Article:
Why You Need Paper Towels Every Time You Cook Meat

No kitchen is complete without a hefty roll of paper towels. On top of cleaning up spills, they can wrap up salad greens to preserve freshness, or they can be layered between pans to prevent scratches when you stack them. Even Martha Stewart uses paper towels to get rid of cooking oil. A use for this nifty product you may have never thought of, though, has to do with preparing meat. Many culinary schools teach chefs to pat down the exterior of meat with paper towels to get a perfect sear in a hot pan.

When you sear meat, it becomes browned due to the Maillard reaction, the chemical phenomenon in which amino acids and sugars caramelize under heat. Under high temperatures, these two molecules begin to interact and create a complex array of flavors and textures that we associate with perfectly browned foods — and in meats, it also creates a crispy, delectable exterior. 

However, too much moisture will slow down or even prevent the Maillard reaction from occurring, as the presence of water molecules will dilute amino acids and sugars. Excess water has to evaporate for browning to occur, and if the outside of a cut of meat is wet, the whole cut can cook through and turn dry before a decent crust even starts to form. By patting down meat with a paper towel, you remove any unwanted moisture from the surface, and give yourself the best chance at getting a flavorful and crunchy exterior.

Season your meat after patting with paper towels

Even if a cut of meat doesn't look wet, you should gently press a paper towel on one side, then the other, for best results. Make sure to wear gloves and take other precautions to prevent meat juice from spreading around your kitchen. It will be worth it, as drying the surface of the meat does more than just facilitate browning. Patting excess moisture off of beef, pork, chicken, or even fish will ensure that seasonings stick to its surface better.

While a piece of packaged, unfrozen meat might seem dry at first glance, it contains both internal and external moisture that condensates over time — especially once you take it out of your fridge and let it sit on a cutting board at room temperature. Some cooks refer to this process as "sweating," and seasoning the meat without blotting will result your herbs and spices sticking to the layer of condensation, not the actual surface the meat.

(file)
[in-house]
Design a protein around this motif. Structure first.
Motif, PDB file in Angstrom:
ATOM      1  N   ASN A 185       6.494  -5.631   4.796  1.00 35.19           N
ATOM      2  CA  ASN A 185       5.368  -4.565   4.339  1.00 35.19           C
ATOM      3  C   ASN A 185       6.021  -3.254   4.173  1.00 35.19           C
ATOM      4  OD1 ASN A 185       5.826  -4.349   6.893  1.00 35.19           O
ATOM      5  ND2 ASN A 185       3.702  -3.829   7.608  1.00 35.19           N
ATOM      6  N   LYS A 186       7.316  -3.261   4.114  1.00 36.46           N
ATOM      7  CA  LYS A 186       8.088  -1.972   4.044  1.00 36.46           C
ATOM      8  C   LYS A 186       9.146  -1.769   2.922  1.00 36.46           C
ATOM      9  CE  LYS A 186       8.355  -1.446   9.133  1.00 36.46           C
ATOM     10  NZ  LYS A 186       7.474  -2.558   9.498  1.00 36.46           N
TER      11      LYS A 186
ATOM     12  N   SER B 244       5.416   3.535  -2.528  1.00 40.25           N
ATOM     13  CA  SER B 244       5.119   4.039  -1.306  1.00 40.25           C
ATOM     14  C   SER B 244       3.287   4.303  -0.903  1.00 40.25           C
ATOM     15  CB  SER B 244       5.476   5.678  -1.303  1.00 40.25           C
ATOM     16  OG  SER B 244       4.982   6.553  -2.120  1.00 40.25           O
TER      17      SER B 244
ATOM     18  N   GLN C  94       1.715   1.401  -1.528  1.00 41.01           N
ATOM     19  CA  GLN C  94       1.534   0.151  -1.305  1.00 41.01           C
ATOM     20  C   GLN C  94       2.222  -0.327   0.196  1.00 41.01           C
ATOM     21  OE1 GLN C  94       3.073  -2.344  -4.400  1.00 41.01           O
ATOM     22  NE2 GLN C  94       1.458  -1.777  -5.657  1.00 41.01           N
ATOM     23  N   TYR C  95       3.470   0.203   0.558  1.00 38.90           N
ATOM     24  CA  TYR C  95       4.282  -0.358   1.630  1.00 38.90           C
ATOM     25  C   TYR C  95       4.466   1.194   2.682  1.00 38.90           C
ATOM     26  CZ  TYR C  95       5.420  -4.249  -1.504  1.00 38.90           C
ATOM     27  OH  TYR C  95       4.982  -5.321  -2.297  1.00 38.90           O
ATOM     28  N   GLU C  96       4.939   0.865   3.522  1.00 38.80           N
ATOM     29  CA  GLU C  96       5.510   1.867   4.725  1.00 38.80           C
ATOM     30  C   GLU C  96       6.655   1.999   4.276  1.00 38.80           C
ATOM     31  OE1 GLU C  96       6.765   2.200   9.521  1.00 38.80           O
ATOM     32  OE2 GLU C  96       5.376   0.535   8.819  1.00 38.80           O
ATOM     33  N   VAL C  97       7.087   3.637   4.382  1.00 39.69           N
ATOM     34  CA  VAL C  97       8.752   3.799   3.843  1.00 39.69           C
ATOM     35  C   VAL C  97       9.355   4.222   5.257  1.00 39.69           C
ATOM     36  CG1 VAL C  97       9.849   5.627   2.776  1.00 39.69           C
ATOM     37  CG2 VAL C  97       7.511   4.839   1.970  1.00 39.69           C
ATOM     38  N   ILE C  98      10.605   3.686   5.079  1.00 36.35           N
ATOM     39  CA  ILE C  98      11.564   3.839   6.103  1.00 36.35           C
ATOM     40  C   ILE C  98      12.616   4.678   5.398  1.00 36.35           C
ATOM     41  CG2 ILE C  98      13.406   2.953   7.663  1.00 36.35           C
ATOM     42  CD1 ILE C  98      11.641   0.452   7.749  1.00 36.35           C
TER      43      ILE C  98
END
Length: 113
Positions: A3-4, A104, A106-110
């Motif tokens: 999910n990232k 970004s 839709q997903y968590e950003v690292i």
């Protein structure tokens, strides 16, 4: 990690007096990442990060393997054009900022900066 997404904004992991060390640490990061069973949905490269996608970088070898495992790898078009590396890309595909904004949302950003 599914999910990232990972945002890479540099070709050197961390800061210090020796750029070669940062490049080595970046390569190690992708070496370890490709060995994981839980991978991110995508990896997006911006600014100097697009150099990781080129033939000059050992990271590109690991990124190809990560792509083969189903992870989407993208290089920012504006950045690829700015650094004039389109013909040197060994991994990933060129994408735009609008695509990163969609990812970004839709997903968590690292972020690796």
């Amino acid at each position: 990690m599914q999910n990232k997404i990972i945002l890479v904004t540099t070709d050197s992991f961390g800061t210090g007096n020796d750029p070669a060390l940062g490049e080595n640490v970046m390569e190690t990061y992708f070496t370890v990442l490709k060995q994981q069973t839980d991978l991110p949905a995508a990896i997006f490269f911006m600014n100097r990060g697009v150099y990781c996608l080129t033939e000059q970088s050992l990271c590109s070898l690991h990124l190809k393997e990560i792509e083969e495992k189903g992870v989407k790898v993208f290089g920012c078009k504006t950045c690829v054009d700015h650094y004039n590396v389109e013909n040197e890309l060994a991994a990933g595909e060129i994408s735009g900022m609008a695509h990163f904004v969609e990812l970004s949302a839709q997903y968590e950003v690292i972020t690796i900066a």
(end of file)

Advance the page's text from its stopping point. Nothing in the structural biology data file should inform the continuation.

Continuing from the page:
You can see this happen in real time if you season a wet piece of meat in a bowl, as a good chunk of your spices will pool at the bottom of the bowl once you flip the meat over. Neglecting to properly dry or season your meat are two of the biggest mistakes you can make when cooking steak and other cuts. If you want a flavorful, crispy outer layer, don't skip out on blotting.

Use paper towels sparingly to cut down on waste

Paper towels can be a lifesaver in the kitchen, but they might not be the best choice for environmentally-conscious cooks. The U.S. Environmental Protection Agency says that paper products account for almost a quarter of the total amount of waste generated by Americans. Paper towels are by no doubt part of all that discarded trash, and there are multiple ways to cut down on your paper towel waste in the kitchen.

Washcloths and reusable towels made from absorbent materials such as cotton are the perfect, sustainable replacement for paper towels. As long as you throw them in the washing machine after every use, they can easily be used to blot the moisture of off foods. 

If you're not keen on handling raw meat with reusable towels, don't worry. You can use cloth towels for many other tasks, such as cleaning up spills, drying dishes, and protecting your cookware from scratches. Meanwhile, used paper towels are compostable and can be turned into mulch for a garden or a potted plant. If you cut down your paper towel use from all the time to just now and again — such as when drying meat — your waste footprint can be reduced significantly.